The thought has nothing to do with Mendenhall's running style. It has to do with the way Bettis -- a future Hall of Famer -- embraced and tutored Parker as a rookie, which eventually led to Pittsburgh winning a Super Bowl their second year together in 2005.
"JB always kept it real with me,'' Parker said glowingly. "He told me as long as I passed the blueprint on to somebody else and not be selfish, that's the only way we can have the running back tradition that we've had here.
So, yeah, it's my turn."
Parker's mentality has the potential to bring a smile to coach Mike Tomlin's face.
The Steelers' second-year coach says there is "great chemistry" and an "unwritten rule" of mentorship in Pittsburgh. The veterans teach the rookies the Steelers' way of doing things as soon as they get in the door, and the rookies are better off because of it. It's one of the reasons Pittsburgh remains one of the NFL's steadiest and most successful franchises.
Parker is not alone. Veteran receiver Hines Ward expressed the same sentiment about his relationship with Pittsburgh's second-round pick, Limas Sweed. Ward sat out of minicamp following offseason knee surgery but was very hands-on with Sweed throughout the weekend, as he was in the past with Plaxico Burress and current teammate Santonio Holmes.
"Those guys brought me in,'' Ward said. "Unfortunately, they left and I was the leader in Year 3, and it was me just learning on the run. But I remember vividly just coming into the league. In my time it was [looking up to] Kordell [Stewart] and Jerome, now these guys, they see Ben [Roethlisberger] and Troy [Polamalu] and they're in awe.''
Mendenhall, 20, is in awe mostly because he never thought he would become a Steeler. He didn't visit Pittsburgh during the entire draft process, and the team all but ruled out landing the Big Ten Player of the Year with the No. 23 overall pick.
Mendenhall was a projected top-15 selection. But on draft day he fell behind Oregon's Jonathan Stewart (No. 13 to Carolina) and former Arkansas tailbacks Darren McFadden (No. 4 to Oakland) and Felix Jones (No. 22 to Dallas), paving the way for the surprise scenario.
"I didn't think I would be the fourth running back taken, but everything happens for a reason,'' Mendenhall said.
Both tailbacks have taken different paths to the NFL.
Parker entered the league through the back door as an undrafted free agent after receiving little playing time at the University of North Carolina. Mendenhall received the red-carpet treatment last weekend as the team's first-round pick. He held his own news conference and received Pittsburgh's No. 1 jersey, which annually goes to the team's top selection.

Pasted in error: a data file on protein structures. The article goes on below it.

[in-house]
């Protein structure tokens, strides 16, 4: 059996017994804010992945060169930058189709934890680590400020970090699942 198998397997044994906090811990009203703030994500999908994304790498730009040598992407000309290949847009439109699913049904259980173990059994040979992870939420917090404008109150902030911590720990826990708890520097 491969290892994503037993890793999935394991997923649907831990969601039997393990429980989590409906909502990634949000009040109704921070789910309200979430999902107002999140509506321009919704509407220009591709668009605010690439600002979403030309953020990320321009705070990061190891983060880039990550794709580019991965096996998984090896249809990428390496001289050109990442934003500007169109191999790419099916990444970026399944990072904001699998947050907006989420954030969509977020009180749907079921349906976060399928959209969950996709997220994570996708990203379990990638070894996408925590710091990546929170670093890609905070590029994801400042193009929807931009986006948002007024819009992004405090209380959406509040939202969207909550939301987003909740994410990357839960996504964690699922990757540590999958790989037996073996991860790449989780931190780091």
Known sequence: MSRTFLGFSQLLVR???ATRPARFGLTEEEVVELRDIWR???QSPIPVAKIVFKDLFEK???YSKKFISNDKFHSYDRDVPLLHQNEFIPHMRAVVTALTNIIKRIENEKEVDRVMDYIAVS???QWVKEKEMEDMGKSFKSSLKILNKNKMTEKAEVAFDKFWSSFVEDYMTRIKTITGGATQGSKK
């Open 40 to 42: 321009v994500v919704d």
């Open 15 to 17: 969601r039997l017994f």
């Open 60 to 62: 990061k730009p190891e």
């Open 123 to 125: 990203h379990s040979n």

Despite differing pedigrees, together the two could form one of the best one-two punches in the league next season.
Their collective talents were on display during minicamp.
With darting runs throughout the weekend, Parker also showed he hasn't lost any speed following his return from last year's broken fibula. He was leading the NFL in rushing with 1,316 yards before his leg injury in December.
On Mendenhall's first day of practice, he caught a short pass on a check down from Roethlisberger. He then quickly changed direction to elude a would-be defender and sprinted up the field for a long gain.
You could hear several "oohs" from onlookers after that play. Unfortunately, Pittsburgh didn't see much more of Mendenhall after he tweaked his hamstring and was held out for the remainder of minicamp. His hard luck continued this week when he reportedly was robbed at gunpoint early Monday near his hometown of Chicago. No one was hurt in the incident.
Once the season starts, the Steelers expect Mendenhall to improve their flexibility on offense as well as the durability of Parker, who had 658 carries the past two seasons.
Steelers offensive coordinator Bruce Arians is in the process of devising schemes to use both players in the same backfield. It's a package that has Parker and Mendenhall excited for next season, when the pair could give opposing defenses nightmares as dual running and receiving threats.
"It can be real dangerous,'' Parker said. "Defenses won't know what we can do. Usually when I'm in there, defenses would always try to put a bracket on me and try not to let me get down the field. With [Mendenhall] in there, it will open it up.''
Parker is seeing the positives of adding Mendenhall, and that can be nothing but good news for the Steelers and their rookie first-round pick.
One of the most memorable things Bettis told Parker in his rookie season was that he should always push the veteran as hard as he could, Parker said. That way, Bettis remained sharp as the starter, and Parker in turn became a better running back. Years later, that same advice is being passed down to Mendenhall.
"I was kind of nervous coming in, but that running back room with Willie, it's been nothing but professional since I've been here,'' Mendenhall said. "They're trying to help me as much as they can. The better I do, the better they're going to do as a team.''
Memo to Bettis: "Fast Willie" is keeping his promise.
James Walker covers the NFL for ESPN.com